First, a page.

Christians are people of hope—hope in the resurrection life of Christ. I find that especially challenging at the moment.
Humans simply do not know how to manage viable societies in which people stay two metres apart except for couples and their dependents. It will take years to figure out if it is possible at all, at huge cost in life and livelihood. In the meantime, there are deaths and suffering. That is just how it is.
Even if a vaccine is found and can be manufactured in quantity, it will take years for the whole world to be immunized—unless there is a radical increase in political freedom and international generosity.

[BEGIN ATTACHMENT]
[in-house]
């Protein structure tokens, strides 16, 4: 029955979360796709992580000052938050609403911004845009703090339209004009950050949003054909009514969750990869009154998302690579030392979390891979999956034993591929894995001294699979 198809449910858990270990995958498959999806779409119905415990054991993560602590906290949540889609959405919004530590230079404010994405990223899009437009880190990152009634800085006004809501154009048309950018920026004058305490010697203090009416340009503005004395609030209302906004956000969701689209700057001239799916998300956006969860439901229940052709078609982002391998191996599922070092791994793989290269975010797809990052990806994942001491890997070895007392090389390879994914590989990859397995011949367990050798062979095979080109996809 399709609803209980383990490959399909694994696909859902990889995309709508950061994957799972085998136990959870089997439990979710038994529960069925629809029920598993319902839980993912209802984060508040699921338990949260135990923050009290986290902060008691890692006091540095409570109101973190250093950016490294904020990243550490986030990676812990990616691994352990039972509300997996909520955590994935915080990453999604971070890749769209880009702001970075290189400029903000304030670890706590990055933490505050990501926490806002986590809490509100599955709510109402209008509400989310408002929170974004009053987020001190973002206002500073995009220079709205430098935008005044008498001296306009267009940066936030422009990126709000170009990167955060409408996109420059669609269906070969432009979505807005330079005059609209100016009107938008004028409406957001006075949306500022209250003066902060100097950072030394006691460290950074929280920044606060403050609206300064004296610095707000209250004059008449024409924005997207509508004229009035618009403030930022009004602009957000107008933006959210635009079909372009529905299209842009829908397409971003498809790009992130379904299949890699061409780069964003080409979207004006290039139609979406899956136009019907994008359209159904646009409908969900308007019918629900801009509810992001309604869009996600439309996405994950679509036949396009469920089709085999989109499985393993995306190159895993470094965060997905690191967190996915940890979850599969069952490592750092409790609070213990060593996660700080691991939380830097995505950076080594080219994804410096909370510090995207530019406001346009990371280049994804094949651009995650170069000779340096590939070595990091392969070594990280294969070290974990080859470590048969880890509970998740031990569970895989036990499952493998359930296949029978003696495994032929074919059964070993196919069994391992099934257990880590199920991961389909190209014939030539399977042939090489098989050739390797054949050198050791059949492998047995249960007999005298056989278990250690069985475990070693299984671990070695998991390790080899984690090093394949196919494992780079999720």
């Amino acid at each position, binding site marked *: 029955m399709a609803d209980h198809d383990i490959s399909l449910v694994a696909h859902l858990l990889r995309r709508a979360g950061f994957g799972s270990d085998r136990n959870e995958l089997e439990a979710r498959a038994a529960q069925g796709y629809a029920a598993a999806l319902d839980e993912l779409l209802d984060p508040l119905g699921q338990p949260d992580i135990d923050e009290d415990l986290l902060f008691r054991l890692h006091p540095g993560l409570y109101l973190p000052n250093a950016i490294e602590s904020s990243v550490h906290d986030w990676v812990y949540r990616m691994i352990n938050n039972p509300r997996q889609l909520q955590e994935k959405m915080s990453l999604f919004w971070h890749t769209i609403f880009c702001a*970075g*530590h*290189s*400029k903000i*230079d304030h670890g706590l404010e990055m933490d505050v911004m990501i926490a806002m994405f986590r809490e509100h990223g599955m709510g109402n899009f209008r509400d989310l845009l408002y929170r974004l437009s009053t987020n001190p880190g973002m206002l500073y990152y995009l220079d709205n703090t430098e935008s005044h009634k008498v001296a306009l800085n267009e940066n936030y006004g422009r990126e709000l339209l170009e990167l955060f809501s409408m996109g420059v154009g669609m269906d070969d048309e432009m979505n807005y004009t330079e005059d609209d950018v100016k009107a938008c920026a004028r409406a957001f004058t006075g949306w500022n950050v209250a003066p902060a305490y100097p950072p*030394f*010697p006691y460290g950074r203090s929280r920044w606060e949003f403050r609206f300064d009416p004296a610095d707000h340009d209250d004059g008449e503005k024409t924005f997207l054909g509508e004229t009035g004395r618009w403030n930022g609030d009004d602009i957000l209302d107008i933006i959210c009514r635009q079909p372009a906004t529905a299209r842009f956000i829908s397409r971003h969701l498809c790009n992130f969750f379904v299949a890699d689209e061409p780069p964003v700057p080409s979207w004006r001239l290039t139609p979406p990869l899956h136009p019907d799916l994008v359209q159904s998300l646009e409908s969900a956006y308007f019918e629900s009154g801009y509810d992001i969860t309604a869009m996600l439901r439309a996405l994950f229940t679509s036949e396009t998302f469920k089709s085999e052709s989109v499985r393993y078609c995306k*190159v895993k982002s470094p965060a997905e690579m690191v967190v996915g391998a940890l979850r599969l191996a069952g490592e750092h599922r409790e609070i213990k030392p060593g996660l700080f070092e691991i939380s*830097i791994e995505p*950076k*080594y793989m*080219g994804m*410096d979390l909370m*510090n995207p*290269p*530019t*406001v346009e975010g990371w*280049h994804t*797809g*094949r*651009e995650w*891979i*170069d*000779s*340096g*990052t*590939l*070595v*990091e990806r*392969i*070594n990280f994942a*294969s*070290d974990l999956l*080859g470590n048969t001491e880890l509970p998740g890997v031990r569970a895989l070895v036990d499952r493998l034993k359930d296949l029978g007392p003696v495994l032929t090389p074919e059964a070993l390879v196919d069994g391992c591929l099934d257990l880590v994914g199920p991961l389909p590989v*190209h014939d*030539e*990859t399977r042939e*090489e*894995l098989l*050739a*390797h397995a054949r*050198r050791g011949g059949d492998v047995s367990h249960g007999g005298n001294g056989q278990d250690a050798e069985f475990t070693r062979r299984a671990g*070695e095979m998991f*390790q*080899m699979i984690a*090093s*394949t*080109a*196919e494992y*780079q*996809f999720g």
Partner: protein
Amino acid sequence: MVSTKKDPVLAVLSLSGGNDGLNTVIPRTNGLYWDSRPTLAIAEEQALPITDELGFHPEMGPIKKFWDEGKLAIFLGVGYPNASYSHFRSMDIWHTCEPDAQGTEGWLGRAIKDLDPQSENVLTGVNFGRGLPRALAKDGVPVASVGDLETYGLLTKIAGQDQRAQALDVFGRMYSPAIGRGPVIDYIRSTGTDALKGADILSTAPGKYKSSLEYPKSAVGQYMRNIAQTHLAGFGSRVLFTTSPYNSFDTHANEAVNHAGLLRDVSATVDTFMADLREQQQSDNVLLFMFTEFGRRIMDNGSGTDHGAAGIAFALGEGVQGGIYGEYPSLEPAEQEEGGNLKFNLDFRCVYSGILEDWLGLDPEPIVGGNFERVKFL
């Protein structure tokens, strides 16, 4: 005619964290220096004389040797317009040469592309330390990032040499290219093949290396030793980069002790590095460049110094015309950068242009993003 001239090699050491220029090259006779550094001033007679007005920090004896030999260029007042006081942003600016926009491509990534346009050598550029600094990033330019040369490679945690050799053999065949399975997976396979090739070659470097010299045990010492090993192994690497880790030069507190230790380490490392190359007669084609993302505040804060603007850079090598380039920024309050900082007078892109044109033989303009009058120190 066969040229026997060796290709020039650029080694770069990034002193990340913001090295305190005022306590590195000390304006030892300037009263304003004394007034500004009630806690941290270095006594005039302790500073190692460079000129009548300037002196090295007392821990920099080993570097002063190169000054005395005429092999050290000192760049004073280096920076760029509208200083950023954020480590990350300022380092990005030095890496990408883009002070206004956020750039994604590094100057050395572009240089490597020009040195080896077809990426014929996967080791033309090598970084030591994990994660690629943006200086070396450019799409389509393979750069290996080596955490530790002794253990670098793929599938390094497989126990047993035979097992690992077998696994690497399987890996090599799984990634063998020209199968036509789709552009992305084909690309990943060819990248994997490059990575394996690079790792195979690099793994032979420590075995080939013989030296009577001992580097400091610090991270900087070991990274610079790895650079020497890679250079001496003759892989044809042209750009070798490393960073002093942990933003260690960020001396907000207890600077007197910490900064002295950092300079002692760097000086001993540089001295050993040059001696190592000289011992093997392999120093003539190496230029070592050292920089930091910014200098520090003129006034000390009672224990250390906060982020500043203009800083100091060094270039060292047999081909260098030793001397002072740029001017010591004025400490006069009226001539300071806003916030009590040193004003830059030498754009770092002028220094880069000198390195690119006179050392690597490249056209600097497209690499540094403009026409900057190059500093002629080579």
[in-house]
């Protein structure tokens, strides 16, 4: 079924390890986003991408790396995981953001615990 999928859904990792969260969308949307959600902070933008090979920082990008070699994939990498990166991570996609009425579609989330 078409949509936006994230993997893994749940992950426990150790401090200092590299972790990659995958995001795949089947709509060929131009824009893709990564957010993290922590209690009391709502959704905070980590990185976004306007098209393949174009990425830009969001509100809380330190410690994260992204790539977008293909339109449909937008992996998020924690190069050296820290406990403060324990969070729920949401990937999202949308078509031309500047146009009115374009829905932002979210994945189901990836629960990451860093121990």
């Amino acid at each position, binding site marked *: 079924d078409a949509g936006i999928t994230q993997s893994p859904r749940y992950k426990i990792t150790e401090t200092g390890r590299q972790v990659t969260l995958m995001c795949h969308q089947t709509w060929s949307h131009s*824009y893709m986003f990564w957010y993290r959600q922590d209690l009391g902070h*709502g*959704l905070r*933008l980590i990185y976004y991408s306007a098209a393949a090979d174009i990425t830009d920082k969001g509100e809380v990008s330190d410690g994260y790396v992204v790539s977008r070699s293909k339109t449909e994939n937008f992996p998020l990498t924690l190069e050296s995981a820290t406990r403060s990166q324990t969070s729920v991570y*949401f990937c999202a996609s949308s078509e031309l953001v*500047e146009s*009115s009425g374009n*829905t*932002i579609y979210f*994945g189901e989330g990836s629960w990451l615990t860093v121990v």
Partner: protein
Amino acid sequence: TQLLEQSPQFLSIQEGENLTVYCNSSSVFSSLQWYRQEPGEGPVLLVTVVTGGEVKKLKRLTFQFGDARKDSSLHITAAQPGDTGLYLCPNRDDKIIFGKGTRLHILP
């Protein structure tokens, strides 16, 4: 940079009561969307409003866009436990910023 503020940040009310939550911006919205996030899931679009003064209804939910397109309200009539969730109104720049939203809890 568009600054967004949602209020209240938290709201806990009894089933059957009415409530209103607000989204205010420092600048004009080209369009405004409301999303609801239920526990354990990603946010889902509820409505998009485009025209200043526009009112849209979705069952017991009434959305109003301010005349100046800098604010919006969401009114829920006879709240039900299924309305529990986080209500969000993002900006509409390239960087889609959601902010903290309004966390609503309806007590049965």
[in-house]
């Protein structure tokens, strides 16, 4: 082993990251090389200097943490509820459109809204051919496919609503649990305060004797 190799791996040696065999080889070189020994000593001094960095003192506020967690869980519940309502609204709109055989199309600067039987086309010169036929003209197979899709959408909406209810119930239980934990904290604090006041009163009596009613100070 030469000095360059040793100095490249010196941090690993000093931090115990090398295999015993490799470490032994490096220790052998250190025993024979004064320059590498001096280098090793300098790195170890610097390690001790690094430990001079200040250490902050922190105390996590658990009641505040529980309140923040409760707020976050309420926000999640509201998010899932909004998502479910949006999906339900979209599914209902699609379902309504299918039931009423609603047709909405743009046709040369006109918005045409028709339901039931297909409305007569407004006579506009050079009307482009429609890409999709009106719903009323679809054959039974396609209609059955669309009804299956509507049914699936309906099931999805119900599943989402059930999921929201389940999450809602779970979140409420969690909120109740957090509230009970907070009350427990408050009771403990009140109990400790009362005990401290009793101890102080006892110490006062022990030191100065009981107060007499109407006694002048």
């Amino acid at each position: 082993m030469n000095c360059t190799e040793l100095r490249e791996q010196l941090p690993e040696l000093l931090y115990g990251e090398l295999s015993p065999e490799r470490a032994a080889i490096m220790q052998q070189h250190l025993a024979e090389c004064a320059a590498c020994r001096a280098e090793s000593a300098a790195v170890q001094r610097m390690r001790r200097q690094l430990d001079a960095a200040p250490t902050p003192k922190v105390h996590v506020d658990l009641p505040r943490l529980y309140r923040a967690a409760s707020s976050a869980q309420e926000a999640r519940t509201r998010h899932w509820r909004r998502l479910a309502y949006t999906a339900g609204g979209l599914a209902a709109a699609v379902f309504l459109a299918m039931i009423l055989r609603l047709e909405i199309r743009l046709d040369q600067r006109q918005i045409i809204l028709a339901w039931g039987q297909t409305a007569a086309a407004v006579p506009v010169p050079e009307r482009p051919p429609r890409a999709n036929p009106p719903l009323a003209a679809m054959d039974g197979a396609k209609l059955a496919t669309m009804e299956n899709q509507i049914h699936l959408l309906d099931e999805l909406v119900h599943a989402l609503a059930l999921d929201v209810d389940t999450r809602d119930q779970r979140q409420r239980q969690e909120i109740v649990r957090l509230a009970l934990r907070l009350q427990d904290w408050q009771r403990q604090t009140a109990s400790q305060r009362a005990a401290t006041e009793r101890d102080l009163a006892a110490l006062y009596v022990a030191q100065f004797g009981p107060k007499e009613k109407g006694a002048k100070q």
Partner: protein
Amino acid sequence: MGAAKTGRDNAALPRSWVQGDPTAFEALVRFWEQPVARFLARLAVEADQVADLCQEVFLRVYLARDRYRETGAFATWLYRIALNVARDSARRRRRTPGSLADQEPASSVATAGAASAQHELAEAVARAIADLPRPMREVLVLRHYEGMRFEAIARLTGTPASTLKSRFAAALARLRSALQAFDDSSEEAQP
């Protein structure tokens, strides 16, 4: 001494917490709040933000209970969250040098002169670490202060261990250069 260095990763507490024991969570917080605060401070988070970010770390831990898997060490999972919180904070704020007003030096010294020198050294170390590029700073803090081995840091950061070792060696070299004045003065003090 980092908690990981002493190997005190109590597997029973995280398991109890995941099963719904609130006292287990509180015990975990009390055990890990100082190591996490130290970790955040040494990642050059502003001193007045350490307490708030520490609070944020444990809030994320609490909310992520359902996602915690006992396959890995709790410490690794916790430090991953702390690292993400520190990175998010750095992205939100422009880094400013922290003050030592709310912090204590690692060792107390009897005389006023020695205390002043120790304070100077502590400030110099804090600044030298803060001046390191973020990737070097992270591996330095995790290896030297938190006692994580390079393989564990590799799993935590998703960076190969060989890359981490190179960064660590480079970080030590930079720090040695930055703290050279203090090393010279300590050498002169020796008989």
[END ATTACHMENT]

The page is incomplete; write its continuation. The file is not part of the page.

The consequence may be a significant drop in population, whether from disease or simply because fewer people make babies. That is what happened with the plague in Europe and Asia centuries ago; the Black Death resulted in the deaths of hundreds of millions of people. There were repeated outbreaks for centuries. Although we now have better care systems, they are seriously overtaxed. It is mindless arrogance to suppose we are exempt from pain and loss.
We look, therefore, for a hope that gathers up and surpasses human suffering and tragedy.